This Week in Northwest History: President Franklin Roosevelt Visits Washington State

FDR's daughter and grandchildren lived on Mercer Island at the time
September 20, 2022 at 2:04 p.m.
FDR and his daughter Anna watch a baseball game from the presidential motorcade in 1935. (AP/George Skadding)
FDR and his daughter Anna watch a baseball game from the presidential motorcade in 1935. (AP/George Skadding)

The first essay below is courtesy of, the free online encyclopedia of Washington state history

Eighty years ago this week, on September 21, 1942, Boeing's B-29 bomber -- a top-secret aircraft that the company had been working on before America's entry into World War II -- made its maiden flight. Although the project later suffered a setback, thousands of B-29s were eventually used in the Pacific theater, and the Superfortress became the first, and so far last, aircraft to drop atomic bombs during wartime. The same day that Boeing engineers watched the prototype B-29 take to the air, military brass were gathered near Oak Harbor for the opening of Naval Air Station Whidbey Island. During World War II, NAS Whidbey was used to train fighter and patrol-bomber crews and remains the Navy's principal air facility north of San Francisco and west of Chicago.

The day after the B-29 launch and the opening of NAS Whidbey, one more wartime event took place that few knew about at the time. President Franklin Roosevelt made a secret visit to Washington that the press was ordered not to report. He arrived by train, stopping first at Fort Lewis. From there he traveled north to tour the Puget Sound Naval Shipyard near Bremerton, and then viewed Boeing bombers being assembled in Seattle.

After spending the night at his daughter's home on Mercer Island (more on this below), he traveled the next day with her to Vancouver, where they toured the Alcoa plant before heading off to a ship launch at the Kaiser shipyard in Portland.

You can read another article from (File/11190) which recounts Roosevelt’s visit in more detail.  
- - - - -

Franklin Roosevelt’s daughter, Anna Roosevelt Halsted Boettiger, worked with her second husband, Clarence John Boettiger at the Seattle Post-Intelligencer, serving as editor of the women’s pages for several years. She had moved to the northwest tip of Mercer Island after she and Boettiger married.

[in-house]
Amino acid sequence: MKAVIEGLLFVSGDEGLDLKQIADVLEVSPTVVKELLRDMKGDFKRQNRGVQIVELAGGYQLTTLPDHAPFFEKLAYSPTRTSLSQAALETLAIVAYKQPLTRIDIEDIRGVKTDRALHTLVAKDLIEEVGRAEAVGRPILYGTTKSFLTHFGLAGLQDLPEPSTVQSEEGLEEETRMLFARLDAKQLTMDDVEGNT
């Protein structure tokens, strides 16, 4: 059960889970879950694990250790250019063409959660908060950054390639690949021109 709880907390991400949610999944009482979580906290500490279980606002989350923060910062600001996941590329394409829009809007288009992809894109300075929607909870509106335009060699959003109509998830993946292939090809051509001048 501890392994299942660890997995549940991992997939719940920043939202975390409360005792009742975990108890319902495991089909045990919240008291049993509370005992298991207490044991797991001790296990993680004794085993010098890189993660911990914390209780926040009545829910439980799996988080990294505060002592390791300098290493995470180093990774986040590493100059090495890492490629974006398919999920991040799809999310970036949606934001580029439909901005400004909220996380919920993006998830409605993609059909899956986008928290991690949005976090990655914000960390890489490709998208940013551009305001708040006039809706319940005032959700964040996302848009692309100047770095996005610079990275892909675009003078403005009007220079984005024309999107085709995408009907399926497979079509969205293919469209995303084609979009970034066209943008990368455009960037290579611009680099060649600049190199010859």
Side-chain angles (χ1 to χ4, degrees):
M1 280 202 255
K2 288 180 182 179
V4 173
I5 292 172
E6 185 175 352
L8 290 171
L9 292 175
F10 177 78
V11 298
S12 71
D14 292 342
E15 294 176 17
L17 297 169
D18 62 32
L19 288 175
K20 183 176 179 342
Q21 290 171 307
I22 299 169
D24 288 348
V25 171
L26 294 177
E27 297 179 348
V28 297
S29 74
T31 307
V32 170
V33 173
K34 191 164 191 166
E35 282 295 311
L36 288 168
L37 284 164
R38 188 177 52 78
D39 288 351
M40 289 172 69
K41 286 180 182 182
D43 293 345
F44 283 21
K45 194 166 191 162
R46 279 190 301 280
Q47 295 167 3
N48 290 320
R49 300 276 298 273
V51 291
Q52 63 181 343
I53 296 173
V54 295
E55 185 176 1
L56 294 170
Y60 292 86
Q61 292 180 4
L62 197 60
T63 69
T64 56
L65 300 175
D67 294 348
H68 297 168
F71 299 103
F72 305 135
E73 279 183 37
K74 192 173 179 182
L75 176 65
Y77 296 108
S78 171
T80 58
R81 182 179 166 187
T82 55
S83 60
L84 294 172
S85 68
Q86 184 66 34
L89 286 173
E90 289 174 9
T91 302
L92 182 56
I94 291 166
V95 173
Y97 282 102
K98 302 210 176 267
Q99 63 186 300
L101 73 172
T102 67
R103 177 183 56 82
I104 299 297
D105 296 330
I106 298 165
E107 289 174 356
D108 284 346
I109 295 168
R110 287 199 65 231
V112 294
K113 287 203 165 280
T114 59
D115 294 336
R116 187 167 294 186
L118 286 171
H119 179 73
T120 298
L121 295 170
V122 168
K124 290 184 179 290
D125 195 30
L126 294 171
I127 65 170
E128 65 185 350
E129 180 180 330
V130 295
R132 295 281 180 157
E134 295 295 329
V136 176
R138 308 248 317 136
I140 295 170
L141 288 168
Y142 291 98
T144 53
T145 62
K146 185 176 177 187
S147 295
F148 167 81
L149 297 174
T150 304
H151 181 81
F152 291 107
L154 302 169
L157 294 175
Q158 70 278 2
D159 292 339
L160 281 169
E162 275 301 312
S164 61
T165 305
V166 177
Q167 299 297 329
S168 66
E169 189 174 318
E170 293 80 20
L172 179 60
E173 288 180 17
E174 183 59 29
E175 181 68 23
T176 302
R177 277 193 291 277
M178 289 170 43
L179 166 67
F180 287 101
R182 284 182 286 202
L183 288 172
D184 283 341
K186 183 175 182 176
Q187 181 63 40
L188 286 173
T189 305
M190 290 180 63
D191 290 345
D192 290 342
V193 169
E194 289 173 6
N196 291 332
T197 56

The Seattle Times has an article by Marie Edwards in their archives (A Roosevelt On Mercer Island -- Living Next Door To A President's Daughter) about Anna Boettiger and her time on Mercer Island. As a teenager, the author of that article lived next door to Anna and her husband but didn’t realize the next-door neighbors were related to the President until one night after coming home from a dance in Seattle. While attempting to get back home, the teenager and her boyfriend encountered armed soldiers plus much hubbub on the streets, along with massive motorboats buzzing around on the lake in front of her home. She later learned that President Roosevelt had come to visit his grandchildren right next door. FDR slept at that Mercer Island house on more than one occasion.

You can view a video of the Boettiger family playing in the lake off their Mercer Island home (along with other locations) at this link: Boettiger Family at Mercer Island: FDR Presidential Library 

Sometime after this historic visit, William Randolph Hearst, the owner of the Seattle Post-Intelligencer, had a falling out with Anna. It was reported that he no longer had a use for her after her father, the president of the United States, had died. Anna’s husband also left the Seattle-Post Intelligencer at that time, and the couple’s finances faltered. They moved away from the Seattle area after buying a paper in Arizona. The paper failed and the couple eventually parted ways. Anna later married Dr. James Halsted and the couple moved to New York.

In later years, Anna worked in public relations for universities. In 1963, she was appointed by John F. Kennedy to the Citizen’s Advisory Council on the Status of Women, and also served as vice-chair of the President’s Commission for the Observance for Human Rights.

Share this story!